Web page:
Paraguayan Chaco Offensive

Border disputes and the Powers

South America 1935.0415

Paraguayan Chaco Offensive

The Acre dispute, Venezuela crises, South America in WWI, and the Chaco War (15 April 1935)

Historical Map of South American nations

The first year of the Chaco War favored the Bolivians, but when their offensive collapsed in late 1933, Paraguay seized the initiative. By 1935, the Paraguayans had conquered most of the Chaco region. Nonetheless, both nations suffered heavily, each losing 2-3% of their population (some 100,000 over all). A treaty in 1938 confirmed Paraguay's gains, but it would not be until 2012 when commercial amounts of oil would be discovered in the territory.

Main Events

Battle of Campo Vía pocket

General José Félix Estigarribia's Paraguayan forces cut off and encircled the 4th and 9th Bolivian Divisions under General Hans Kundt at Campo Vía in the disputed Chaco region. Bolivian break out and relief attempts failed in confusion, leading to the loss of almost all the 9,000 defenders (including 7-8,000 surrenders). The defeat ended Bolivian efforts to contest the eastern Chaco and forced Kundt's resignation.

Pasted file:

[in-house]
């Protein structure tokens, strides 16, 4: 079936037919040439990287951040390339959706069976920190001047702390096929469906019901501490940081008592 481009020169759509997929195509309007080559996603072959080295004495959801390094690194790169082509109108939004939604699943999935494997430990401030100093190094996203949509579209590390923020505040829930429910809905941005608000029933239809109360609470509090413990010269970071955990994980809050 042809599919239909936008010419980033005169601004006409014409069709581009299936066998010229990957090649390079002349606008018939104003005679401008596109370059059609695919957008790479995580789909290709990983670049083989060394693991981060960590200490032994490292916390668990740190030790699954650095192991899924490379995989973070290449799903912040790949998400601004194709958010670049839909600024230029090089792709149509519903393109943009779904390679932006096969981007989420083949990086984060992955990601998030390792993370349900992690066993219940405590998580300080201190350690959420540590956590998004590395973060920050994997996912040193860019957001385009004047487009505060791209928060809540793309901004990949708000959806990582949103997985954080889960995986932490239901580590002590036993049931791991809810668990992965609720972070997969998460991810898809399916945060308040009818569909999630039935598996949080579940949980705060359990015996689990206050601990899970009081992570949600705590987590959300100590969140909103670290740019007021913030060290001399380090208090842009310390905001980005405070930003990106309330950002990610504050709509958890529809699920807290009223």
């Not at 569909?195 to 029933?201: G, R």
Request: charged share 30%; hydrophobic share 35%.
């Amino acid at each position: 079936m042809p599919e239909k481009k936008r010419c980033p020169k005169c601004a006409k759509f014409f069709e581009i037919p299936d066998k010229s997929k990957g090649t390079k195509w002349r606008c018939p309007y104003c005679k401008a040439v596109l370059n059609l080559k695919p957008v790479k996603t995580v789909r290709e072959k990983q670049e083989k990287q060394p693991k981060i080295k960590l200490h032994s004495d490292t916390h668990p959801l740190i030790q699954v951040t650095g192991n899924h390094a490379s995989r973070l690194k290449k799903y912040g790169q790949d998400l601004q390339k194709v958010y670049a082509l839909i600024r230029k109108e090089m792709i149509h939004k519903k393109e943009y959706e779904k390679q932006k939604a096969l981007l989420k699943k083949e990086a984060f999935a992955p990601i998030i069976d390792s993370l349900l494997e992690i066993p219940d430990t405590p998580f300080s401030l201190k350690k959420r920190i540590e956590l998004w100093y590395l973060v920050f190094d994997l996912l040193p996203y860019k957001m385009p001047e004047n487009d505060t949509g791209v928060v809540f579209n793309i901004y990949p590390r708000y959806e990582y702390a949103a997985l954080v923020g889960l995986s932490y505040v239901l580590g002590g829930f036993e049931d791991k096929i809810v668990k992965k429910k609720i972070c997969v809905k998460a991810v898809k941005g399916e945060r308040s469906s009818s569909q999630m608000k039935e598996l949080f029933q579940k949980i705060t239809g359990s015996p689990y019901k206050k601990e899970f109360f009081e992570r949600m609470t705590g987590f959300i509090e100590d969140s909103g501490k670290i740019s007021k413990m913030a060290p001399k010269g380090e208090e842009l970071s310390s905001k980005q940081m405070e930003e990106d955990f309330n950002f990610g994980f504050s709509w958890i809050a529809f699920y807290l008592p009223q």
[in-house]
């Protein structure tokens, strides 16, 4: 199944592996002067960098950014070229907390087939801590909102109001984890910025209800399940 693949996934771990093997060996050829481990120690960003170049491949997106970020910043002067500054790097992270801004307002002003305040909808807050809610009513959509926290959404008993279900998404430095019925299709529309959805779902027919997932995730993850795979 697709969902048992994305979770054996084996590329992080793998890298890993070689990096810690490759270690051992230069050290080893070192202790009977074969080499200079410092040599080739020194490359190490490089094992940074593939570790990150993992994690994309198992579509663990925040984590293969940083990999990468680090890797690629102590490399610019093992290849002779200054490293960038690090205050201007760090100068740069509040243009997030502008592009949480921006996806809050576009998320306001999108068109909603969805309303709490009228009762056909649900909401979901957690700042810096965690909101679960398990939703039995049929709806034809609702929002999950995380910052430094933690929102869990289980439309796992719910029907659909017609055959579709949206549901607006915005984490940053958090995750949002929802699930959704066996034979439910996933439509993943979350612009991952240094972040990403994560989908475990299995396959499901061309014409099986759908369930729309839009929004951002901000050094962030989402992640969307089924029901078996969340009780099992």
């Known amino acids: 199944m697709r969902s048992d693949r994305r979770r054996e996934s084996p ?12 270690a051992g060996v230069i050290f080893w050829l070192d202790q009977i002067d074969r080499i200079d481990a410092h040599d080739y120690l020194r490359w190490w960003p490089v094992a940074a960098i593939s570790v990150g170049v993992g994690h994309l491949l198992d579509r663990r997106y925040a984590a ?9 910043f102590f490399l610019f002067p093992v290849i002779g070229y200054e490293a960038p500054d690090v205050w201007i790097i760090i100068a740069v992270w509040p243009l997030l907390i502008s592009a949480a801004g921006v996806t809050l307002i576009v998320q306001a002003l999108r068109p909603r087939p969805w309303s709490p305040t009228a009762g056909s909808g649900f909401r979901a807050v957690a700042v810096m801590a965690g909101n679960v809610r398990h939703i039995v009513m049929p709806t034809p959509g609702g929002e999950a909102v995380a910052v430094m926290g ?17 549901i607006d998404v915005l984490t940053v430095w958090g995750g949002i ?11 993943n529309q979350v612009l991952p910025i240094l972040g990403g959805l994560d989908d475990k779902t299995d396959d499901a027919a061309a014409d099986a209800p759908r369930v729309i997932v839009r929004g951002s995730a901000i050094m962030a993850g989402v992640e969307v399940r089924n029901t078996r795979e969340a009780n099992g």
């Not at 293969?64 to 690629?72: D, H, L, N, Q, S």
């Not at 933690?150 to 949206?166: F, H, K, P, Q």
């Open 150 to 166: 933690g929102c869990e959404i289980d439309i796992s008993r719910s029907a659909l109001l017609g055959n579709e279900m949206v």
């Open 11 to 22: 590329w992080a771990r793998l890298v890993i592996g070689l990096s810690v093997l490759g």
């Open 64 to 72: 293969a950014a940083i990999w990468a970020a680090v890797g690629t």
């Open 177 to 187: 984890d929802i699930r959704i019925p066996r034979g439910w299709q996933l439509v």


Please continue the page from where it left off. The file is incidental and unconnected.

End of League embargo on Bolivia

At the start of the Chaco War, the League of Nations had imposed embargoes on both Bolivia and Paraguay. After Bolivian President Daniel Salamanca was arrested and deposed while visiting his demoralized troops in November 1934, the League decided to end its sanctions on Bolivia; the embargo was lifted on 16 January 1935, just as Paraguayan troops reached the western boundary of the Chaco. In response, Paraguay withdrew from the organization on 25 February 1935.

Clipperton restored to France

After a 1931 arbitration by King Victor Emanuel of Italy ruled in French favor, Mexico restored Clipperton Island to France.

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